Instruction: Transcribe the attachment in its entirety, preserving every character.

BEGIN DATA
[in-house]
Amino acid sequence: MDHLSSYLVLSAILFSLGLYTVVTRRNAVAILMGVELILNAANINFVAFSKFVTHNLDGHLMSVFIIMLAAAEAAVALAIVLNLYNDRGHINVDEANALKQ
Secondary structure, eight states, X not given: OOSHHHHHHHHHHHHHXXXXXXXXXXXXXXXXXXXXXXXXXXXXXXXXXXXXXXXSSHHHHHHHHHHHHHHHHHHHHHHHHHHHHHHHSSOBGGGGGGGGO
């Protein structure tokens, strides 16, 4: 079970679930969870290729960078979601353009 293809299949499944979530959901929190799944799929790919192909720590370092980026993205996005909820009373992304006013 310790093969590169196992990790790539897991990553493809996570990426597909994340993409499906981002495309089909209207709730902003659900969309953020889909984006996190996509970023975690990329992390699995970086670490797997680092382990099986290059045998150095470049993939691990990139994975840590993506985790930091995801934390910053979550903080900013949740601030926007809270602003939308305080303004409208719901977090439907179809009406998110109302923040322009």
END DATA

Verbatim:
[in-house]
Amino acid sequence: MDHLSSYLVLSAILFSLGLYTVVTRRNAVAILMGVELILNAANINFVAFSKFVTHNLDGHLMSVFIIMLAAAEAAVALAIVLNLYNDRGHINVDEANALKQ
Secondary structure, eight states, X not given: OOSHHHHHHHHHHHHHXXXXXXXXXXXXXXXXXXXXXXXXXXXXXXXXXXXXXXXSSHHHHHHHHHHHHHHHHHHHHHHHHHHHHHHHSSOBGGGGGGGGO
């Protein structure tokens, strides 16, 4: 079970679930969870290729960078979601353009 293809299949499944979530959901929190799944799929790919192909720590370092980026993205996005909820009373992304006013 310790093969590169196992990790790539897991990553493809996570990426597909994340993409499906981002495309089909209207709730902003659900969309953020889909984006996190996509970023975690990329992390699995970086670490797997680092382990099986290059045998150095470049993939691990990139994975840590993506985790930091995801934390910053979550903080900013949740601030926007809270602003939308305080303004409208719901977090439907179809009406998110109302923040322009």